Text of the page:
Digital Marketing In 2020: Lightening Speed To The New Normal?

With the marketing world moving gradually deeper into the fourth quarter filled with holidays and festive seasons, it seems quite a good time to look back and evaluate the performance of digital marketing so far in the year.

Many experts describe it as a strange year, with bright spots. More people than ever before have moved online, and many others learnt new marketing strategies. Even with this, many customers and our employees faced diverse challenges. So it was obviously a strange mix of bright spots and really dark moments this year.

In Africa, Europe as well as the Americas, there was a remarkable surge in the move to the digital platforms. E-commerce shopping and entertainment platform recorded a mega boom. According to Meghan Keaney Anderson, HubSpot’s VP of Marketing, the first three quarters of 2020 "were a rollercoaster, creating immense challenges which some brands overcame, while some succumbed".

Based on Adobe’s tracking of consumers’ e-commerce digital activity in Europe and America, it was noticed that apparels outstripped overall eCommerce growth early on, in the April to May time frame. People were not buying work suits or even clothes to go out in, they were buying a decent shirt and a pair of jeans and pyjama bottoms so they could go on Zoom or move around the neighbourhood. With groceries, not only did the year witnessed a massive increase in grocery sales, but new shoppers came onto grocery sites in a big wave due to the pandemic. Many new grocery shops also came online, adapting and shifting into more of a habit of online grocery shopping.

In the year, companies were confronted with the necessity of accelerating their digital maturity: in some cases, that just meant accelerating changes already underway.

According to Microsoft’s Satya Nadella: two years of digital transformation in two months. “ It has been tons of innovation here and there. It’s been exciting to watch, it’s been just transformation everywhere.”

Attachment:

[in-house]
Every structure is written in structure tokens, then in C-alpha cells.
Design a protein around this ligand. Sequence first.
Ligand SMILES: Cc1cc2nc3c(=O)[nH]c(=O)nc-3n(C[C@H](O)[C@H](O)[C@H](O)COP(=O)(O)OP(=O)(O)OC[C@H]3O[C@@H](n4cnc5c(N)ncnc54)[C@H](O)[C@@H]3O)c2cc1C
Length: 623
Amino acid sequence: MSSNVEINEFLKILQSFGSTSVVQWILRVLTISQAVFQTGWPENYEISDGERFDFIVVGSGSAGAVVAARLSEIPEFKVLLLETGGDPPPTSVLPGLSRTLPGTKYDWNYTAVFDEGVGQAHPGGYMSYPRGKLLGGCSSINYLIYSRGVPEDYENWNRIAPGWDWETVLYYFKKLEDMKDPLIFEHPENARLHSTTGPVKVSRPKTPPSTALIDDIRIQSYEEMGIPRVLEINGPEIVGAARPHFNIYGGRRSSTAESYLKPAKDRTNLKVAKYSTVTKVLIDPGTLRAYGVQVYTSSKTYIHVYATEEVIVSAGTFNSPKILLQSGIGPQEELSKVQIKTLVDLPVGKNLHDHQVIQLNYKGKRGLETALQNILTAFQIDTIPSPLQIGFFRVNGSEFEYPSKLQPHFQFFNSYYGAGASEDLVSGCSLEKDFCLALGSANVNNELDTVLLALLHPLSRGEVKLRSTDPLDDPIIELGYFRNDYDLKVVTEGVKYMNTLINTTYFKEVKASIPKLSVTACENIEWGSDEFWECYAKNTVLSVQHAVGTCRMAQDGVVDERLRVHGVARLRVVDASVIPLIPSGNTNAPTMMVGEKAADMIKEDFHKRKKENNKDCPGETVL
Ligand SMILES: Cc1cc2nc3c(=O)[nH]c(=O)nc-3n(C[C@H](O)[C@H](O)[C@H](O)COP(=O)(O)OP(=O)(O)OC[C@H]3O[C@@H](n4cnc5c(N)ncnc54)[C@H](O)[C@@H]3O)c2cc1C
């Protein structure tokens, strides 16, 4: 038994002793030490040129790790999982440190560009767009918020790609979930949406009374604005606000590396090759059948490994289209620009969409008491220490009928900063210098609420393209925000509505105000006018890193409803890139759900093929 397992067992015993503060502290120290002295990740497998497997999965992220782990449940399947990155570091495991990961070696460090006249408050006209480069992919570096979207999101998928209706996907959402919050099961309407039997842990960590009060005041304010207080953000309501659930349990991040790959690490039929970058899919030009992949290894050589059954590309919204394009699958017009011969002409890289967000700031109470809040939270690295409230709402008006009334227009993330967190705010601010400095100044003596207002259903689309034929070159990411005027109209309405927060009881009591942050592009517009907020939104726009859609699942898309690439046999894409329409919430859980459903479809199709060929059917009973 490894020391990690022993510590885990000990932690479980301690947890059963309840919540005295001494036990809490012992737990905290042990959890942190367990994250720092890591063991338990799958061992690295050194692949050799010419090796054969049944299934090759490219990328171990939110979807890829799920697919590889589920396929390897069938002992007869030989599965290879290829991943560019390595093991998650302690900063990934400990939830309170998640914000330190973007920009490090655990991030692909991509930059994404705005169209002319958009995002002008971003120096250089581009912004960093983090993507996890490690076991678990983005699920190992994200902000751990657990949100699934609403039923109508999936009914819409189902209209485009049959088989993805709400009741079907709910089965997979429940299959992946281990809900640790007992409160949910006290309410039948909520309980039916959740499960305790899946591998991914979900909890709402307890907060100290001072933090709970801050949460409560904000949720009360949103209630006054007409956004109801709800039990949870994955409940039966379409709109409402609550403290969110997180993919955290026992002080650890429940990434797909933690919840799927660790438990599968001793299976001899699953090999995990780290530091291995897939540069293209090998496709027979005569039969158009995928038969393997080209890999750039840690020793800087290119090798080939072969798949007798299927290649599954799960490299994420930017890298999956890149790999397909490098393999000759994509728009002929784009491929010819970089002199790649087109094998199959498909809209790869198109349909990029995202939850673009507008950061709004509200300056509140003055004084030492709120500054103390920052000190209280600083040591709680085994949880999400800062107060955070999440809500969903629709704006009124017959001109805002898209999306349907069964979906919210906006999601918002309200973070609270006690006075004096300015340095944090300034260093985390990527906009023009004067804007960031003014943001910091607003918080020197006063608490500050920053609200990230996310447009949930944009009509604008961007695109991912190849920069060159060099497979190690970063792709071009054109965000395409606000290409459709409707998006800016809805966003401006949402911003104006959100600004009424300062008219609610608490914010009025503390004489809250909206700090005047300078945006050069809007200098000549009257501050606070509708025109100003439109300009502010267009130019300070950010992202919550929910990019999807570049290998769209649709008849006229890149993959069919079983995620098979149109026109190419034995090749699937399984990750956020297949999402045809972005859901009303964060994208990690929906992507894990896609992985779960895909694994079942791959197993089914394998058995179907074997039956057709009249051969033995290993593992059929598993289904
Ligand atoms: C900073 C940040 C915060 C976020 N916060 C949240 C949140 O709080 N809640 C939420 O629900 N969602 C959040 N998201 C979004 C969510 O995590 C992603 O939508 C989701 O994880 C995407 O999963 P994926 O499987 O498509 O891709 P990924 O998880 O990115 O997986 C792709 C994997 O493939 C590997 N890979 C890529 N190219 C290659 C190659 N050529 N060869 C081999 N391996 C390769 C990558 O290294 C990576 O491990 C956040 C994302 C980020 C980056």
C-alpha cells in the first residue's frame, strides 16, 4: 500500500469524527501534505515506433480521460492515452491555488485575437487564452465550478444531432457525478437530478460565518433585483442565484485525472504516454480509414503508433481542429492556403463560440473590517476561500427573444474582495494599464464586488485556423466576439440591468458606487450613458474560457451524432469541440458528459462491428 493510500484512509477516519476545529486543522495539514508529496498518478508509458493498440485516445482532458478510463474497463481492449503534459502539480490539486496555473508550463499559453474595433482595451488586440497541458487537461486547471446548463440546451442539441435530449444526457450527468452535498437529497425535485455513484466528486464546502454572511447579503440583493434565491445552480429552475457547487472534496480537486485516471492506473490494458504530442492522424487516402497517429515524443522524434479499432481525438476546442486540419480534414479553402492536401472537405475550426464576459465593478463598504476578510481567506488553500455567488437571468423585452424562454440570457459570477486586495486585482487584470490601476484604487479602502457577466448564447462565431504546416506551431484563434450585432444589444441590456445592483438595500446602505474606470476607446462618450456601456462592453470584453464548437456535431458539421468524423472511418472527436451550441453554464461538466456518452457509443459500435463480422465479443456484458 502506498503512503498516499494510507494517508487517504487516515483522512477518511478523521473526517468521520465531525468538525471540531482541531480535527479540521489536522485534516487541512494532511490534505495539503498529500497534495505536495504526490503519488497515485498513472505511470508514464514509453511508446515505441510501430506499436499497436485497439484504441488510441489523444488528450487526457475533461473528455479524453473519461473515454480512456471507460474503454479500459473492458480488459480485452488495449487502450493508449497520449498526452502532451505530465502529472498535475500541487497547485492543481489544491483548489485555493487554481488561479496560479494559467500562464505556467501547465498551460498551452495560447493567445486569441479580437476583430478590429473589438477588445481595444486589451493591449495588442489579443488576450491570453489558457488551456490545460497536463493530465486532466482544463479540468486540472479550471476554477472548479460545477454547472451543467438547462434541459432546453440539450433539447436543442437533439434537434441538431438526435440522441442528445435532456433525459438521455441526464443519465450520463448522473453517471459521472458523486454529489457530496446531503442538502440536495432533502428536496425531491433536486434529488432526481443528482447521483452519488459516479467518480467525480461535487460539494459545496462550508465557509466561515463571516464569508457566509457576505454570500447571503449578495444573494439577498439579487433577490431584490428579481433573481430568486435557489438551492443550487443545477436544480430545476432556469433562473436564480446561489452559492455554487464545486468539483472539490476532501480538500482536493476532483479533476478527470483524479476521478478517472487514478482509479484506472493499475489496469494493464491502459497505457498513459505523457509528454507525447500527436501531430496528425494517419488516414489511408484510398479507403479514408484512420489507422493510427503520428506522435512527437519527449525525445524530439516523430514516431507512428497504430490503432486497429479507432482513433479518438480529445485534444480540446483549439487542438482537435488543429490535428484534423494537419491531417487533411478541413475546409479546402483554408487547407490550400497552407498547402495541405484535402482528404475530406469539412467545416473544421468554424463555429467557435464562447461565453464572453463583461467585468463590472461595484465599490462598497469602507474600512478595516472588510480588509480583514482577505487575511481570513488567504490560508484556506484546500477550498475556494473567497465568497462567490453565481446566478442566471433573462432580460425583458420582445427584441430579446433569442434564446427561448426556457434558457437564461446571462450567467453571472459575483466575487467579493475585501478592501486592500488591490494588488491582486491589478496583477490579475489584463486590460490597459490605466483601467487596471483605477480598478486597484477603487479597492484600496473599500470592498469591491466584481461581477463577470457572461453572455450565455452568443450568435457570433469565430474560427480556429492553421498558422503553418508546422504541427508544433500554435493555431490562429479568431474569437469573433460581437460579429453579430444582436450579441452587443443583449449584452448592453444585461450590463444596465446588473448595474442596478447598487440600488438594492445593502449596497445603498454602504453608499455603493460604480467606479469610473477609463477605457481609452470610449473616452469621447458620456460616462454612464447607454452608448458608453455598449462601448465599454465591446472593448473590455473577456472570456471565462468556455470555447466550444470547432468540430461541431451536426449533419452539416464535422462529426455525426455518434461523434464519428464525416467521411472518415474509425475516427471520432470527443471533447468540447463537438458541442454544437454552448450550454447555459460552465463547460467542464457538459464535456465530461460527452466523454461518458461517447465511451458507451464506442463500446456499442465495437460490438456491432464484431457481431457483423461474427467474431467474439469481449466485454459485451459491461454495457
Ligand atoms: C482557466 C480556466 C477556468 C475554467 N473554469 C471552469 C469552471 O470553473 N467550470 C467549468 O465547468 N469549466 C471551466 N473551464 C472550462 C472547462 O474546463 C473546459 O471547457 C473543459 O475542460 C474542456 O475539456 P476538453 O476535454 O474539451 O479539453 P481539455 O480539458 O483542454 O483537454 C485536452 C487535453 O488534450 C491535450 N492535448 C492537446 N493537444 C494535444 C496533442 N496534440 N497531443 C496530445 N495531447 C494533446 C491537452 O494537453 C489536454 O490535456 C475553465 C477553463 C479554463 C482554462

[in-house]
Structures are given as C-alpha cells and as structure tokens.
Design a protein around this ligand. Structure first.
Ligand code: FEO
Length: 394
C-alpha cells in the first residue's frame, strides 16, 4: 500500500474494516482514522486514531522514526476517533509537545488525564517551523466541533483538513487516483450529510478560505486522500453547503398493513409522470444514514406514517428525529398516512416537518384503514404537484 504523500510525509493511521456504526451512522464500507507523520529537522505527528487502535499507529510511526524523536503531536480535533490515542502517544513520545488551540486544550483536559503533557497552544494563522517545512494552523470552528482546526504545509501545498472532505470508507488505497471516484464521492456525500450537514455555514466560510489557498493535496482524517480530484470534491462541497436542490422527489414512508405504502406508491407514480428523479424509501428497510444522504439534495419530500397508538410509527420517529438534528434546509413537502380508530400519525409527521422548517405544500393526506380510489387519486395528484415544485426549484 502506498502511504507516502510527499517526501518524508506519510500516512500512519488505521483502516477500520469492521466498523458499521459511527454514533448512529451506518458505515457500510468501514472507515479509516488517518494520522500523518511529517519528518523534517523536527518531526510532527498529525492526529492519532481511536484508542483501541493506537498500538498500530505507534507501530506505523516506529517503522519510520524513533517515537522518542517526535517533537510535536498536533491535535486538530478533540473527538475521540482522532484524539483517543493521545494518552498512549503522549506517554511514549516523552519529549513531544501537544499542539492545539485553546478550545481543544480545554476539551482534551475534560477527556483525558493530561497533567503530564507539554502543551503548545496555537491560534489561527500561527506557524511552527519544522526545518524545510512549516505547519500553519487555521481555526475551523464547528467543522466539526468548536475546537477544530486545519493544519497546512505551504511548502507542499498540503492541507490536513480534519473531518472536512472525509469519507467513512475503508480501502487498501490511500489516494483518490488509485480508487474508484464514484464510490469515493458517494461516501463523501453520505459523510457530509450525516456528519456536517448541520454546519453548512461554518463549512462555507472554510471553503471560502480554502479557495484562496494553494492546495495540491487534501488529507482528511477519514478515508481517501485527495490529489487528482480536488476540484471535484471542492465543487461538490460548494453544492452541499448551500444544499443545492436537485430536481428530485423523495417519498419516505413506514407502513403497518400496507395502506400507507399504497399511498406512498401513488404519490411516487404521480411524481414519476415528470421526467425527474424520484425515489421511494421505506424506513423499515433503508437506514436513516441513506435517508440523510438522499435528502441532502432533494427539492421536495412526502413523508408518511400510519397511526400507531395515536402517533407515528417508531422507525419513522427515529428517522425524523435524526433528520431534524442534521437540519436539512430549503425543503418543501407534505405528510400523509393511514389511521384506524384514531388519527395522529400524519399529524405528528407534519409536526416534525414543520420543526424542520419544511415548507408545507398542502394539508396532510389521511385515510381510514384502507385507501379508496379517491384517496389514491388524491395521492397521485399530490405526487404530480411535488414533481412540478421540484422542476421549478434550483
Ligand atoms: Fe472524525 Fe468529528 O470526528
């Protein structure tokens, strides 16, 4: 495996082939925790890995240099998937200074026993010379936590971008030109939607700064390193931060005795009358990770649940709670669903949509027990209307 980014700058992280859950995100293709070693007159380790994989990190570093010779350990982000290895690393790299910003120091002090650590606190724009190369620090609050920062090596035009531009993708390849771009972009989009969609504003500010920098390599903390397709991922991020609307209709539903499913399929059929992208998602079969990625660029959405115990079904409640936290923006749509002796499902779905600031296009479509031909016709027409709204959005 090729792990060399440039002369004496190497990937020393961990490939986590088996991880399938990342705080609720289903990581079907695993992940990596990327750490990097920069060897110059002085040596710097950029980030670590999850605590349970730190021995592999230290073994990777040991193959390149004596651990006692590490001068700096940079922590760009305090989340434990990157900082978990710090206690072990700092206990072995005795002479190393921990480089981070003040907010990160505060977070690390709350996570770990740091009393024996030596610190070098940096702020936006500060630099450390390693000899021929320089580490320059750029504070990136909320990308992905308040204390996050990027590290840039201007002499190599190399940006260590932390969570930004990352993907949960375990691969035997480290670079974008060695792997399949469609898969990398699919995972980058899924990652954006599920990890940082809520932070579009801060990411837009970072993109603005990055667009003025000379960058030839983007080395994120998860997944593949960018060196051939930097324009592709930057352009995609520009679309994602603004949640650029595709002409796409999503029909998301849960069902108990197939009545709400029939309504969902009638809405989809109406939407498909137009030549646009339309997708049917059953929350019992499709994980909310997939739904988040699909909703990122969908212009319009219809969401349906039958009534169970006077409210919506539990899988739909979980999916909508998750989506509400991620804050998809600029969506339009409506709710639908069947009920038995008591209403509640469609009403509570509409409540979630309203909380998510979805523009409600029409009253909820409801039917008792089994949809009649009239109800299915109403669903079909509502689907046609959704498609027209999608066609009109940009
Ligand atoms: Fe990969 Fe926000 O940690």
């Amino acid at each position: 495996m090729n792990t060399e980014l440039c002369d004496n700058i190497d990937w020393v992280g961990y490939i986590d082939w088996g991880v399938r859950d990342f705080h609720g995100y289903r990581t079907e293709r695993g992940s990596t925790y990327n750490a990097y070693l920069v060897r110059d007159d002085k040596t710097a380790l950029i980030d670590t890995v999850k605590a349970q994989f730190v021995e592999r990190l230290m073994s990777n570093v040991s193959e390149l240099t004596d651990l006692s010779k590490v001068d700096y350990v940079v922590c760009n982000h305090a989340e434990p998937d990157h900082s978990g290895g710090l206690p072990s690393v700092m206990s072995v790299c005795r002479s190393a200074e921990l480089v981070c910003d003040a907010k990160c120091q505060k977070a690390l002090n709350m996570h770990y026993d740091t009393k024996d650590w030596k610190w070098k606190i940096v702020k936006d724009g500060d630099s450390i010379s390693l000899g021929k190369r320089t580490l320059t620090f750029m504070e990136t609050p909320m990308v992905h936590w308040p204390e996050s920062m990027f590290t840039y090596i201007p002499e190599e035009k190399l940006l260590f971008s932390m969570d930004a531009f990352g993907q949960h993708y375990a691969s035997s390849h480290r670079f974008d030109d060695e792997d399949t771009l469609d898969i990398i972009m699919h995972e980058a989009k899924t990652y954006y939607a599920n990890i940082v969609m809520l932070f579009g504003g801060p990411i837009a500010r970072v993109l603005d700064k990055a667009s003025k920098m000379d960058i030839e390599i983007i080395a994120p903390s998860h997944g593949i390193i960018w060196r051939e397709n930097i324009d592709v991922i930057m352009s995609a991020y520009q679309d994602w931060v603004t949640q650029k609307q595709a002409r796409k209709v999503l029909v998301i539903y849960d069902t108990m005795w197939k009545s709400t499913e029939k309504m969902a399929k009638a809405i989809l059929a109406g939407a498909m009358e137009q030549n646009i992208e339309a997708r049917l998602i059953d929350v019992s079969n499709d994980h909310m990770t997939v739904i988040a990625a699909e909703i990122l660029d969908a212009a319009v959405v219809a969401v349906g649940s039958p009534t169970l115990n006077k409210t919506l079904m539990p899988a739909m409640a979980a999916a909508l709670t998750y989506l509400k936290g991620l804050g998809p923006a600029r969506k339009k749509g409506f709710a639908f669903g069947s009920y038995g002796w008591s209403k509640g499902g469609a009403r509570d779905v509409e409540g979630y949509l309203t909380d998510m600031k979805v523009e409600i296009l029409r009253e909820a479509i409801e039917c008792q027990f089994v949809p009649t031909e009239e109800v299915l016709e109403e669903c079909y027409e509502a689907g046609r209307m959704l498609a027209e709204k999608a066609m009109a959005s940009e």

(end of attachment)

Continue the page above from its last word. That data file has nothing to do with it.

But the transformation meant some companies falling by the wayside. In the words of Meghan Anderson, “Some have been able to really accelerate innovation during the crisis this year. but we have also seen other industries and companies that weren’t able to do that and were hit really hard.

“We see that globally and within our own customer base. We forget that not every business has been online. There is this long tail of businesses who don’t operate that way; they haven’t had to. Not just mom’n’pop shops, but we’ve even seen major consultancy firms, which did most of their business face-to-face, needing to figure out an online set-up. That’s the story of the year: the last breath of long-tail businesses that weren’t online but are now online".

“We certainly saw sales pause in the year across all industries,” Anderson continued. “The world took a collective breath. What we were surprised by was that we saw marketing activity really rise".

From observations based on HubSpot's’ 70,000-plus customer base, the year saw huge records being broken in terms of website traffic. We saw giant leaps in engagement with free educational and information materials. We saw email open rates go up, and we also saw big spikes in website chat for customers.